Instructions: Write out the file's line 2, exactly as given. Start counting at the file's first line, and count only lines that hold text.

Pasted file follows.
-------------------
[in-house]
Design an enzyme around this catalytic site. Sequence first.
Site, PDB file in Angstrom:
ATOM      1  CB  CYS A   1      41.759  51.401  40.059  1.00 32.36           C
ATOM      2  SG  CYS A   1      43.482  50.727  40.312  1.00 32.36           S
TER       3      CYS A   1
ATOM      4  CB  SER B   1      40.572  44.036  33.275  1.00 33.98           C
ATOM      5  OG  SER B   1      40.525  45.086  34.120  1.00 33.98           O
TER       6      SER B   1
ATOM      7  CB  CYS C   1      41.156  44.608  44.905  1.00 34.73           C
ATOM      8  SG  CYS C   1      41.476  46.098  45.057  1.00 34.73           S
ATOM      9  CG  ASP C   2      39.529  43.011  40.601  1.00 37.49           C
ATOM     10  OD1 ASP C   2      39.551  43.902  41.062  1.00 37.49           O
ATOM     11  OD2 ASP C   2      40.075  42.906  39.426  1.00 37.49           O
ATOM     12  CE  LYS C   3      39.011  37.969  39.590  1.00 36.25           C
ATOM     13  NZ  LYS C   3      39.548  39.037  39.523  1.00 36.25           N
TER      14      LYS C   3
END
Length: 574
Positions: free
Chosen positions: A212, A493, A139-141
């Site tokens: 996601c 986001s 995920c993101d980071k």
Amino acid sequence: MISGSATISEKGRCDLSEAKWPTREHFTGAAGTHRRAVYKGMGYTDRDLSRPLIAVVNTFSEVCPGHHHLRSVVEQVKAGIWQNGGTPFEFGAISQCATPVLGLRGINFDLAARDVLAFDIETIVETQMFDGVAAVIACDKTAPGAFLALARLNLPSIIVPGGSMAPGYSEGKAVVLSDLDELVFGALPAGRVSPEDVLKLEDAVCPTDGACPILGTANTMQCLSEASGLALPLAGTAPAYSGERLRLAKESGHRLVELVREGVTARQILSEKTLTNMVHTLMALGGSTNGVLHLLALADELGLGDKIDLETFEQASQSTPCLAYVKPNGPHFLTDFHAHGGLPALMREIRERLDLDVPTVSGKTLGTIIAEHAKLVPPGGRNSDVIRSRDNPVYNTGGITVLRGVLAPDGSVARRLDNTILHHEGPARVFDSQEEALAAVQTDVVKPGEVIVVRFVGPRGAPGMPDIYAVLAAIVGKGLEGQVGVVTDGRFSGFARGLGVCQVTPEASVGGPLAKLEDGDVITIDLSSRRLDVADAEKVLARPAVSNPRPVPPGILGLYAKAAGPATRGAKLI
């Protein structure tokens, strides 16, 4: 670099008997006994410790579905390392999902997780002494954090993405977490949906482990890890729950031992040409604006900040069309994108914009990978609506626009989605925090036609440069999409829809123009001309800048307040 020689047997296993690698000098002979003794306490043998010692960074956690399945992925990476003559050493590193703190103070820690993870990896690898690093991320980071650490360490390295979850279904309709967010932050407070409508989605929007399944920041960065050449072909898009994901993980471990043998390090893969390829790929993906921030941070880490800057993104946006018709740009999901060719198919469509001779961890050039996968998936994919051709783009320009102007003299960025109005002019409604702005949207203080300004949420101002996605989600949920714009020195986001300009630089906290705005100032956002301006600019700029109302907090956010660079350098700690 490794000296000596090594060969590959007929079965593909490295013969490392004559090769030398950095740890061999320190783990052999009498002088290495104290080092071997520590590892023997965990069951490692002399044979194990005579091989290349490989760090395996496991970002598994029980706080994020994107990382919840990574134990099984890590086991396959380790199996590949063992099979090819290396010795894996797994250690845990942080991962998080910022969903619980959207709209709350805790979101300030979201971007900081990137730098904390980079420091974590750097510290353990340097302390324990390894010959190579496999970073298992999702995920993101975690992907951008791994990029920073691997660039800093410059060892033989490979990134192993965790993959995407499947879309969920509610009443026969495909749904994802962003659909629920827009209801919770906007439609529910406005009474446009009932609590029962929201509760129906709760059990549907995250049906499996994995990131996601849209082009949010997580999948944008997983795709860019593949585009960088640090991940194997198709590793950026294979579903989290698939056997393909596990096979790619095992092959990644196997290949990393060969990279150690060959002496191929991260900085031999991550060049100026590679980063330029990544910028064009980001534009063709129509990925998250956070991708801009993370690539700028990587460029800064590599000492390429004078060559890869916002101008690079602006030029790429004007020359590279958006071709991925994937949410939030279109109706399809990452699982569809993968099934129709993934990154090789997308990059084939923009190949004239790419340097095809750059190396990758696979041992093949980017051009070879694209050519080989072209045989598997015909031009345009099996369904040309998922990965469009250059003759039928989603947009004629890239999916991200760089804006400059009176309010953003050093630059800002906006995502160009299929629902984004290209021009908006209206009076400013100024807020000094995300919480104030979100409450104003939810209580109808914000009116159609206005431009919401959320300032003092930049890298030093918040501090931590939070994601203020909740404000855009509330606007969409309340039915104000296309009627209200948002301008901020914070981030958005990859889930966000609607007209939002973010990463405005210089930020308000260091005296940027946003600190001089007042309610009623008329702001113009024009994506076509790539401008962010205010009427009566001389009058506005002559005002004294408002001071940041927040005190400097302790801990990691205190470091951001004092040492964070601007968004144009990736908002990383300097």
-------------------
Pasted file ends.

Design an enzyme around this catalytic site. Sequence first.